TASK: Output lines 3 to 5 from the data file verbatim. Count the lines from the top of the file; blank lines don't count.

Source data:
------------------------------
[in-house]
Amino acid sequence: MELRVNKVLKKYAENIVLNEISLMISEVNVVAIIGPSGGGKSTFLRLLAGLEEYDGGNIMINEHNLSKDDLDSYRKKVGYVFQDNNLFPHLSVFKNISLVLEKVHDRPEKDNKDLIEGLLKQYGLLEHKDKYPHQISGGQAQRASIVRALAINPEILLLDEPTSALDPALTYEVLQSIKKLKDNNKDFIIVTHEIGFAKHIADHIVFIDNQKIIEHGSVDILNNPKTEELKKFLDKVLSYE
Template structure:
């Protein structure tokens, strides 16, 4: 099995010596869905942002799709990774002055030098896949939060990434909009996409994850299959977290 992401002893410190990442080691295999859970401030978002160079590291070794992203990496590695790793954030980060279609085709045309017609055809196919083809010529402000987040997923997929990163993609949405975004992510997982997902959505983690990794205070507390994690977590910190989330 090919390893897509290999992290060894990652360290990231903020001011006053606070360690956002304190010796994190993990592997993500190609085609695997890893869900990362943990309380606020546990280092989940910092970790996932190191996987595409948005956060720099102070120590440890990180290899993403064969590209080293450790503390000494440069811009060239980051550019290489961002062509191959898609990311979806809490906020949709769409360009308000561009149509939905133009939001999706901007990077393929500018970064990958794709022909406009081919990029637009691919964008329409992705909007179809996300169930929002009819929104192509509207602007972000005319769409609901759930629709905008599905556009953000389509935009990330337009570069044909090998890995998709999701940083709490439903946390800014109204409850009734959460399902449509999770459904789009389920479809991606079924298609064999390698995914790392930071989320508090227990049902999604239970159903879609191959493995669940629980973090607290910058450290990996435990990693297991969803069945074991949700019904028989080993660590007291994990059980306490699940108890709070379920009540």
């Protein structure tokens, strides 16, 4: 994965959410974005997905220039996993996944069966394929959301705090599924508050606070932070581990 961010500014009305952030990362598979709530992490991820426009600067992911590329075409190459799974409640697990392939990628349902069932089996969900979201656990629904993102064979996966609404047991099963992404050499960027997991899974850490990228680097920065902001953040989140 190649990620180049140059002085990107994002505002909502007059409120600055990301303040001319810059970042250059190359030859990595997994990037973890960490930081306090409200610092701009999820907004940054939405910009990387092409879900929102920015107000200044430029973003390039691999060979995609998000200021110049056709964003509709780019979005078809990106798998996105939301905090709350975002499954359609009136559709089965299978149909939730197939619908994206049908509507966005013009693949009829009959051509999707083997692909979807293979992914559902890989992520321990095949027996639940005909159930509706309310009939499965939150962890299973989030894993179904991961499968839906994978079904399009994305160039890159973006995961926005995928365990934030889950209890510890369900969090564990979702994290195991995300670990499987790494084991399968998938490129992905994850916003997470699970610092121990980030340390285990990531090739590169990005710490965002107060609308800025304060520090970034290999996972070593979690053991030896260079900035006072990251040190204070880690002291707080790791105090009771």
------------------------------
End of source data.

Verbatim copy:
Template structure:
């Protein structure tokens, strides 16, 4: 099995010596869905942002799709990774002055030098896949939060990434909009996409994850299959977290 992401002893410190990442080691295999859970401030978002160079590291070794992203990496590695790793954030980060279609085709045309017609055809196919083809010529402000987040997923997929990163993609949405975004992510997982997902959505983690990794205070507390994690977590910190989330 090919390893897509290999992290060894990652360290990231903020001011006053606070360690956002304190010796994190993990592997993500190609085609695997890893869900990362943990309380606020546990280092989940910092970790996932190191996987595409948005956060720099102070120590440890990180290899993403064969590209080293450790503390000494440069811009060239980051550019290489961002062509191959898609990311979806809490906020949709769409360009308000561009149509939905133009939001999706901007990077393929500018970064990958794709022909406009081919990029637009691919964008329409992705909007179809996300169930929002009819929104192509509207602007972000005319769409609901759930629709905008599905556009953000389509935009990330337009570069044909090998890995998709999701940083709490439903946390800014109204409850009734959460399902449509999770459904789009389920479809991606079924298609064999390698995914790392930071989320508090227990049902999604239970159903879609191959493995669940629980973090607290910058450290990996435990990693297991969803069945074991949700019904028989080993660590007291994990059980306490699940108890709070379920009540």
């Protein structure tokens, strides 16, 4: 994965959410974005997905220039996993996944069966394929959301705090599924508050606070932070581990 961010500014009305952030990362598979709530992490991820426009600067992911590329075409190459799974409640697990392939990628349902069932089996969900979201656990629904993102064979996966609404047991099963992404050499960027997991899974850490990228680097920065902001953040989140 190649990620180049140059002085990107994002505002909502007059409120600055990301303040001319810059970042250059190359030859990595997994990037973890960490930081306090409200610092701009999820907004940054939405910009990387092409879900929102920015107000200044430029973003390039691999060979995609998000200021110049056709964003509709780019979005078809990106798998996105939301905090709350975002499954359609009136559709089965299978149909939730197939619908994206049908509507966005013009693949009829009959051509999707083997692909979807293979992914559902890989992520321990095949027996639940005909159930509706309310009939499965939150962890299973989030894993179904991961499968839906994978079904399009994305160039890159973006995961926005995928365990934030889950209890510890369900969090564990979702994290195991995300670990499987790494084991399968998938490129992905994850916003997470699970610092121990980030340390285990990531090739590169990005710490965002107060609308800025304060520090970034290999996972070593979690053991030896260079900035006072990251040190204070880690002291707080790791105090009771």